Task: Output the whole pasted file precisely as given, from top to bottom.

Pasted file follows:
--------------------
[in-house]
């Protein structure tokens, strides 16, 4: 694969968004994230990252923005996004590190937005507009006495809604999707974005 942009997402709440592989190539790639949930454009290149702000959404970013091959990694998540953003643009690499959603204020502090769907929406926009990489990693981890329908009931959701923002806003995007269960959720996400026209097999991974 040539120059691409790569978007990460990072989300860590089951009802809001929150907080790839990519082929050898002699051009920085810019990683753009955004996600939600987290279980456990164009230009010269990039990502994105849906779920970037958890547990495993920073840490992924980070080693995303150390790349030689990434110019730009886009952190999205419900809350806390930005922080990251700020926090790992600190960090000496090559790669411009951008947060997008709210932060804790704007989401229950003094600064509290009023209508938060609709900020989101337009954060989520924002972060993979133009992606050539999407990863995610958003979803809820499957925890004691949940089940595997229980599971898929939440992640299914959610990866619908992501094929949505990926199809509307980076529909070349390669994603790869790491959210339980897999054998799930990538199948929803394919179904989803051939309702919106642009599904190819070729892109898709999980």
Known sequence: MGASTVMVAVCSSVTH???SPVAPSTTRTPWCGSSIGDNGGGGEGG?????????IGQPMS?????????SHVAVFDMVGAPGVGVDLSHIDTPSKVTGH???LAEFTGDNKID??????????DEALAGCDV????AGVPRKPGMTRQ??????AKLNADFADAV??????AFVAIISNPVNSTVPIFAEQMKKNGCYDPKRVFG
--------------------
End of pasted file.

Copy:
[in-house]
């Protein structure tokens, strides 16, 4: 694969968004994230990252923005996004590190937005507009006495809604999707974005 942009997402709440592989190539790639949930454009290149702000959404970013091959990694998540953003643009690499959603204020502090769907929406926009990489990693981890329908009931959701923002806003995007269960959720996400026209097999991974 040539120059691409790569978007990460990072989300860590089951009802809001929150907080790839990519082929050898002699051009920085810019990683753009955004996600939600987290279980456990164009230009010269990039990502994105849906779920970037958890547990495993920073840490992924980070080693995303150390790349030689990434110019730009886009952190999205419900809350806390930005922080990251700020926090790992600190960090000496090559790669411009951008947060997008709210932060804790704007989401229950003094600064509290009023209508938060609709900020989101337009954060989520924002972060993979133009992606050539999407990863995610958003979803809820499957925890004691949940089940595997229980599971898929939440992640299914959610990866619908992501094929949505990926199809509307980076529909070349390669994603790869790491959210339980897999054998799930990538199948929803394919179904989803051939309702919106642009599904190819070729892109898709999980």
Known sequence: MGASTVMVAVCSSVTH???SPVAPSTTRTPWCGSSIGDNGGGGEGG?????????IGQPMS?????????SHVAVFDMVGAPGVGVDLSHIDTPSKVTGH???LAEFTGDNKID??????????DEALAGCDV????AGVPRKPGMTRQ??????AKLNADFADAV??????AFVAIISNPVNSTVPIFAEQMKKNGCYDPKRVFG